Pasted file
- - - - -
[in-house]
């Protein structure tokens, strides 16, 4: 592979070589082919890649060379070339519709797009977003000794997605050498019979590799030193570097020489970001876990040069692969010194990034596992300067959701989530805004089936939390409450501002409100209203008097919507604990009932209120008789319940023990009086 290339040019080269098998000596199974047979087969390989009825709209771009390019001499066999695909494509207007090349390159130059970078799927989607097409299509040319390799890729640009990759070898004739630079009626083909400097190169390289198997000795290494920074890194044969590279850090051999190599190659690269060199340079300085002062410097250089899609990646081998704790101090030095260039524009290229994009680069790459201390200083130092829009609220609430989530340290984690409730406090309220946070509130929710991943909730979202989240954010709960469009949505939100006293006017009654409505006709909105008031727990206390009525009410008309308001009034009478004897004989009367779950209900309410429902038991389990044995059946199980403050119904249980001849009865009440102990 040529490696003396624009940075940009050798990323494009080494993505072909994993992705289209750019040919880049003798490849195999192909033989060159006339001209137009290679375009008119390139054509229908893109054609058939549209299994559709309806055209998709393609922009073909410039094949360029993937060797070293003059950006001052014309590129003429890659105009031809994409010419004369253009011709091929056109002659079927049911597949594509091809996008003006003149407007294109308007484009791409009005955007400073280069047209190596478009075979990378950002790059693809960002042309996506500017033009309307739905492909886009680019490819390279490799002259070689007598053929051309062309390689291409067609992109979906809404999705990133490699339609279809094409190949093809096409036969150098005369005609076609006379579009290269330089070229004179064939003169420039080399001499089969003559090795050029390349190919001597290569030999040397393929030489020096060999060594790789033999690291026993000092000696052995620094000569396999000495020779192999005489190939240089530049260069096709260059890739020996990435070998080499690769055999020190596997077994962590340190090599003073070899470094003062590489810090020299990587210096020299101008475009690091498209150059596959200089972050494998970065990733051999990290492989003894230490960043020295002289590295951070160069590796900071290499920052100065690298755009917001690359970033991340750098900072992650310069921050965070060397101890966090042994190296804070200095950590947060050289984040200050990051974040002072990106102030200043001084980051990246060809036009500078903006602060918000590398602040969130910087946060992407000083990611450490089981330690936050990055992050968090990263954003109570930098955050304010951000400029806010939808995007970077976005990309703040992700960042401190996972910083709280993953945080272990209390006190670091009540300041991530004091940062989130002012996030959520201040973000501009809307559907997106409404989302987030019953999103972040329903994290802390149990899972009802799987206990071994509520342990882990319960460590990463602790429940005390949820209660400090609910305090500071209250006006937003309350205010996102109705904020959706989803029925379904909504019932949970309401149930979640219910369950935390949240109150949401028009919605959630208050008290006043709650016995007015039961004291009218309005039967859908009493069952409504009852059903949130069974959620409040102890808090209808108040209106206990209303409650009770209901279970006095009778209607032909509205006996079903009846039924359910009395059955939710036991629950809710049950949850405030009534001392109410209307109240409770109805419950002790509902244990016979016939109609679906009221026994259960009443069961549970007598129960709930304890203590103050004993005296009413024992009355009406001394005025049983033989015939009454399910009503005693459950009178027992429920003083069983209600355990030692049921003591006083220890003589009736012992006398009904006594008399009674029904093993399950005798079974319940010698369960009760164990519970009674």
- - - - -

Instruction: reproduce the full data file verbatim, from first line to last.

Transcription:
[in-house]
């Protein structure tokens, strides 16, 4: 592979070589082919890649060379070339519709797009977003000794997605050498019979590799030193570097020489970001876990040069692969010194990034596992300067959701989530805004089936939390409450501002409100209203008097919507604990009932209120008789319940023990009086 290339040019080269098998000596199974047979087969390989009825709209771009390019001499066999695909494509207007090349390159130059970078799927989607097409299509040319390799890729640009990759070898004739630079009626083909400097190169390289198997000795290494920074890194044969590279850090051999190599190659690269060199340079300085002062410097250089899609990646081998704790101090030095260039524009290229994009680069790459201390200083130092829009609220609430989530340290984690409730406090309220946070509130929710991943909730979202989240954010709960469009949505939100006293006017009654409505006709909105008031727990206390009525009410008309308001009034009478004897004989009367779950209900309410429902038991389990044995059946199980403050119904249980001849009865009440102990 040529490696003396624009940075940009050798990323494009080494993505072909994993992705289209750019040919880049003798490849195999192909033989060159006339001209137009290679375009008119390139054509229908893109054609058939549209299994559709309806055209998709393609922009073909410039094949360029993937060797070293003059950006001052014309590129003429890659105009031809994409010419004369253009011709091929056109002659079927049911597949594509091809996008003006003149407007294109308007484009791409009005955007400073280069047209190596478009075979990378950002790059693809960002042309996506500017033009309307739905492909886009680019490819390279490799002259070689007598053929051309062309390689291409067609992109979906809404999705990133490699339609279809094409190949093809096409036969150098005369005609076609006379579009290269330089070229004179064939003169420039080399001499089969003559090795050029390349190919001597290569030999040397393929030489020096060999060594790789033999690291026993000092000696052995620094000569396999000495020779192999005489190939240089530049260069096709260059890739020996990435070998080499690769055999020190596997077994962590340190090599003073070899470094003062590489810090020299990587210096020299101008475009690091498209150059596959200089972050494998970065990733051999990290492989003894230490960043020295002289590295951070160069590796900071290499920052100065690298755009917001690359970033991340750098900072992650310069921050965070060397101890966090042994190296804070200095950590947060050289984040200050990051974040002072990106102030200043001084980051990246060809036009500078903006602060918000590398602040969130910087946060992407000083990611450490089981330690936050990055992050968090990263954003109570930098955050304010951000400029806010939808995007970077976005990309703040992700960042401190996972910083709280993953945080272990209390006190670091009540300041991530004091940062989130002012996030959520201040973000501009809307559907997106409404989302987030019953999103972040329903994290802390149990899972009802799987206990071994509520342990882990319960460590990463602790429940005390949820209660400090609910305090500071209250006006937003309350205010996102109705904020959706989803029925379904909504019932949970309401149930979640219910369950935390949240109150949401028009919605959630208050008290006043709650016995007015039961004291009218309005039967859908009493069952409504009852059903949130069974959620409040102890808090209808108040209106206990209303409650009770209901279970006095009778209607032909509205006996079903009846039924359910009395059955939710036991629950809710049950949850405030009534001392109410209307109240409770109805419950002790509902244990016979016939109609679906009221026994259960009443069961549970007598129960709930304890203590103050004993005296009413024992009355009406001394005025049983033989015939009454399910009503005693459950009178027992429920003083069983209600355990030692049921003591006083220890003589009736012992006398009904006594008399009674029904093993399950005798079974319940010698369960009760164990519970009674």